“How to describe The Clean House? A Portuguese cleaning woman, the progression of dust, medieval love songs about surgery? Its disparate elements make it impossible to conveny the elegant beauty, the simple joy, and the tragic humanity of this play. If you want to believe the world is awful, well, there’s plenty of evidence to prove your point. But, there is just as much evidence to the contrary. Life holds such sublime beauty, such sheer, absurd fun, such glorious music and delicious flavors. Everyone is a mess, broken, needy, and frightened. We may not ever fully understand the jokes life plays on us. So maybe it’s better to just have a good laugh, go apple picking, and eat homemade chocolate ice cream.
I have loved exploring this play with this wonderful and talented cast, and design team. It is a joy to be reminded every day to embrace the messiness of life – to let go, and dive in. Many thanks to the RVP staff and volunteers for this wonderful opportunity to share this play with you.”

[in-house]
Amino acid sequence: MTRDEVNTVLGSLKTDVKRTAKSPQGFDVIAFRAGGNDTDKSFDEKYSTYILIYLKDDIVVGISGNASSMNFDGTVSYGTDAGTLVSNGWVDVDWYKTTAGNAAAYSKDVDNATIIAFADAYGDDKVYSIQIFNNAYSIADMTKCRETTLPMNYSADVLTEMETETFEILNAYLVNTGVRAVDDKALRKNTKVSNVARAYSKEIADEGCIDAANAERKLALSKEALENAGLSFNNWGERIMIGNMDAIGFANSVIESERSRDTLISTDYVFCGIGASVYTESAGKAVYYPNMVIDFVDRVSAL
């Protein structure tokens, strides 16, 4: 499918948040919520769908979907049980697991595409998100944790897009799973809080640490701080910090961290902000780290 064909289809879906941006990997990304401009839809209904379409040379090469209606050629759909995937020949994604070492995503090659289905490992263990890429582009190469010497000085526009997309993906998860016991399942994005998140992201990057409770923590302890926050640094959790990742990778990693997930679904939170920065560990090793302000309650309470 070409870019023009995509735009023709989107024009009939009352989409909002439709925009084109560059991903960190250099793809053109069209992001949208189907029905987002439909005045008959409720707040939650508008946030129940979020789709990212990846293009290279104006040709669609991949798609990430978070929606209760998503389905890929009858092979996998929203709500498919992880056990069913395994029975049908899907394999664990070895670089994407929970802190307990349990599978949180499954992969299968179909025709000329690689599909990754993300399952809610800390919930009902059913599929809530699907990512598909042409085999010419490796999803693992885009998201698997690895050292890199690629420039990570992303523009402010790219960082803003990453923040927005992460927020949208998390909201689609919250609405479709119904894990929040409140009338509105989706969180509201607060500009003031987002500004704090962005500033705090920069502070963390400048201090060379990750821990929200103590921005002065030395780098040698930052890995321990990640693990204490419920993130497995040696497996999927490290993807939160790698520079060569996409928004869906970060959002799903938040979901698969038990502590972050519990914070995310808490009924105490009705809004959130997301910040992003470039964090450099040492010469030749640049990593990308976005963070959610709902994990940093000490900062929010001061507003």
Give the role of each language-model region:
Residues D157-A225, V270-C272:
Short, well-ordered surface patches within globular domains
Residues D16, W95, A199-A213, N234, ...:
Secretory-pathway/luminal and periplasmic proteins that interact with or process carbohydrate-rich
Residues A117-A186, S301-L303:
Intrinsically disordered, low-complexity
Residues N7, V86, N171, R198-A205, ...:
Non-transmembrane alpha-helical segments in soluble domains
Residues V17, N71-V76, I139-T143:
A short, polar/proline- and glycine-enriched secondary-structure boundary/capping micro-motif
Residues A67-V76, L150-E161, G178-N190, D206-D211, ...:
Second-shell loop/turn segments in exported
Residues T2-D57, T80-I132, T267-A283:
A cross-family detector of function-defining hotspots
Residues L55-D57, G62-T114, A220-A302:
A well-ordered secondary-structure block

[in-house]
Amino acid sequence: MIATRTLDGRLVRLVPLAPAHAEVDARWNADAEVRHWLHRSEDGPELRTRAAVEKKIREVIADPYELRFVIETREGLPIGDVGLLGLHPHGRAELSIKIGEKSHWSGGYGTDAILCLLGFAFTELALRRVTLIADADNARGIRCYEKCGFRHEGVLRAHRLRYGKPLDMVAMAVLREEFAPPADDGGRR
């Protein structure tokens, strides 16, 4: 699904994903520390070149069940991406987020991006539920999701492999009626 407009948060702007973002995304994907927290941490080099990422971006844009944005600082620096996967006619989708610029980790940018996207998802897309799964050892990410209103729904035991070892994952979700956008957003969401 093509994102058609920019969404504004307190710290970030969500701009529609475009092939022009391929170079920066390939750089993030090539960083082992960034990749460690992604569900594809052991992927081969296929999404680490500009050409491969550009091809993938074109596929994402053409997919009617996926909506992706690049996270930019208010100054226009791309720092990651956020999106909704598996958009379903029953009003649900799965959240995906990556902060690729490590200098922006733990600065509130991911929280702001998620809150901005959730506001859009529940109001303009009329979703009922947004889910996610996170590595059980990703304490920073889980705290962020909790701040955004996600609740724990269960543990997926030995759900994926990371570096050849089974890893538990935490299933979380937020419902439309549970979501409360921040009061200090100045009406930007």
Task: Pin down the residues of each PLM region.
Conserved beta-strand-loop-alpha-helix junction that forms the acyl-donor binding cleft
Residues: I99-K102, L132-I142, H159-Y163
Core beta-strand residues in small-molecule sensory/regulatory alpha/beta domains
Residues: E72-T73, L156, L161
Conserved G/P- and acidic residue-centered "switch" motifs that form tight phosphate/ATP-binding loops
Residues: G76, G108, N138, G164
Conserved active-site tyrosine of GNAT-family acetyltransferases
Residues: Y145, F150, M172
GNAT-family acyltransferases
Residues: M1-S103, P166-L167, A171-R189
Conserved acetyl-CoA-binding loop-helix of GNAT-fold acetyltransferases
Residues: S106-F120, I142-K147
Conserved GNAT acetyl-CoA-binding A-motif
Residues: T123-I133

JoAnne Winter (Director) is a Bay Area director and actor. In 1993 she co-founded Word for Word Performing Arts Company, a theatre company that creates performances from short fiction and poetry. In the past 22 years, as Co-Artistic Director, she has produced over 100 shows and readings, as well as performed and directed for both Word for Word and other Bay Area theaters. She is also the director of Youth Arts, Word for Word’s arts education program and has produced 10 years of the YA School & Library Tour. She oversees scores of WfW workshops with students in Bay Area schools. As a WfW actor, she has originated roles in 36 Stories by Sam Shepard, In Friendship, John Steinbeck’s The Pastures of Heaven (a co-production with Cal Shakes and Octavio Solis), Three On a Party, Three Blooms, among many others. As a director, her favorite shows include Word for Word’s Wants and A Conversation With My Father by Grace Paley, Spring Rain by Bernard Malamud, and Ancestor by Greg Sarris. She is very pleased to be making her RVP debut with this lovely play by Sarah Ruhl.